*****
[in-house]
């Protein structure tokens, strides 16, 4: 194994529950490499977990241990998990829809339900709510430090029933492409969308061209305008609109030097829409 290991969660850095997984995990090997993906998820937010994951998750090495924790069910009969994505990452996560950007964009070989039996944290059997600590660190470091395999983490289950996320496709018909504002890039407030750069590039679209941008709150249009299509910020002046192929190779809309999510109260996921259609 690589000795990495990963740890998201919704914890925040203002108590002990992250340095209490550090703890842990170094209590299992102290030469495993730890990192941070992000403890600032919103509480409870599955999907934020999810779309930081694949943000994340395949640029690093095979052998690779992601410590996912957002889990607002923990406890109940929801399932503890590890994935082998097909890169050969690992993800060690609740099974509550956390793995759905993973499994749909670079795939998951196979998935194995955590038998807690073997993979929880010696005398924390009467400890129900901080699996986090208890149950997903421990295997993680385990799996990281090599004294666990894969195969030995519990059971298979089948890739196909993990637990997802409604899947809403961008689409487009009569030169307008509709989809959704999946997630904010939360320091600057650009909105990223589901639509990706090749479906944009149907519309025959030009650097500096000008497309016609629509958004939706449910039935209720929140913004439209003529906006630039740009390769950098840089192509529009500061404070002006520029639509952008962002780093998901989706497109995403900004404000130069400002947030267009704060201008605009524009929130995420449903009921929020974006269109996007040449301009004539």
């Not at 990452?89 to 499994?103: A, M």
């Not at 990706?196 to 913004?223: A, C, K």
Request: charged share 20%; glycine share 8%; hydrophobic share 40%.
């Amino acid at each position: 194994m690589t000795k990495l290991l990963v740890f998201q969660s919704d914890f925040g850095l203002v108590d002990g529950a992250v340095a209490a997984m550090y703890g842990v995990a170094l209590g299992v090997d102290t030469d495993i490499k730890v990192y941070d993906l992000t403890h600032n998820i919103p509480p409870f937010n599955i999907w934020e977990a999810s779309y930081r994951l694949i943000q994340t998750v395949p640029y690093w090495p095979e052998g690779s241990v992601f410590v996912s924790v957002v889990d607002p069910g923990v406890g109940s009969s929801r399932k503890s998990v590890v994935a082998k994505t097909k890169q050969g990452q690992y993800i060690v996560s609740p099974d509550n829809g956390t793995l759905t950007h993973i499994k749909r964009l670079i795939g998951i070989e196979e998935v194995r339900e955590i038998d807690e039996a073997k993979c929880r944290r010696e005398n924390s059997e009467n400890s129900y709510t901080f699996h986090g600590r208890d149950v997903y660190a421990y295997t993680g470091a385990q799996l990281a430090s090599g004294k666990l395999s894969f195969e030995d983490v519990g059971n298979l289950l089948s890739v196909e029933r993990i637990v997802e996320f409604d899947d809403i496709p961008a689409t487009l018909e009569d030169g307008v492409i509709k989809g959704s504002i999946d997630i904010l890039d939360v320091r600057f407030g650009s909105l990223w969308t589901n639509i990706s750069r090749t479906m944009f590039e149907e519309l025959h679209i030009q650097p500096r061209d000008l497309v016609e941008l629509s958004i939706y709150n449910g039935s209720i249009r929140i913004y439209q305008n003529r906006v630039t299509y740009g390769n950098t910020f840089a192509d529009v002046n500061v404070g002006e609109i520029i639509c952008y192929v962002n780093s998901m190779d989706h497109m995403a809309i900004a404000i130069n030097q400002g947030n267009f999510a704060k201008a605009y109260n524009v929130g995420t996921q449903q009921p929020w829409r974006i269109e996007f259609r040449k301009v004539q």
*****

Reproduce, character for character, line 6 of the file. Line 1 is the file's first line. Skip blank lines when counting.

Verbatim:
């Amino acid at each position: 194994m690589t000795k990495l290991l990963v740890f998201q969660s919704d914890f925040g850095l203002v108590d002990g529950a992250v340095a209490a997984m550090y703890g842990v995990a170094l209590g299992v090997d102290t030469d495993i490499k730890v990192y941070d993906l992000t403890h600032n998820i919103p509480p409870f937010n599955i999907w934020e977990a999810s779309y930081r994951l694949i943000q994340t998750v395949p640029y690093w090495p095979e052998g690779s241990v992601f410590v996912s924790v957002v889990d607002p069910g923990v406890g109940s009969s929801r399932k503890s998990v590890v994935a082998k994505t097909k890169q050969g990452q690992y993800i060690v996560s609740p099974d509550n829809g956390t793995l759905t950007h993973i499994k749909r964009l670079i795939g998951i070989e196979e998935v194995r339900e955590i038998d807690e039996a073997k993979c929880r944290r010696e005398n924390s059997e009467n400890s129900y709510t901080f699996h986090g600590r208890d149950v997903y660190a421990y295997t993680g470091a385990q799996l990281a430090s090599g004294k666990l395999s894969f195969e030995d983490v519990g059971n298979l289950l089948s890739v196909e029933r993990i637990v997802e996320f409604d899947d809403i496709p961008a689409t487009l018909e009569d030169g307008v492409i509709k989809g959704s504002i999946d997630i904010l890039d939360v320091r600057f407030g650009s909105l990223w969308t589901n639509i990706s750069r090749t479906m944009f590039e149907e519309l025959h679209i030009q650097p500096r061209d000008l497309v016609e941008l629509s958004i939706y709150n449910g039935s209720i249009r929140i913004y439209q305008n003529r906006v630039t299509y740009g390769n950098t910020f840089a192509d529009v002046n500061v404070g002006e609109i520029i639509c952008y192929v962002n780093s998901m190779d989706h497109m995403a809309i900004a404000i130069n030097q400002g947030n267009f999510a704060k201008a605009y109260n524009v929130g995420t996921q449903q009921p929020w829409r974006i269109e996007f259609r040449k301009v004539q």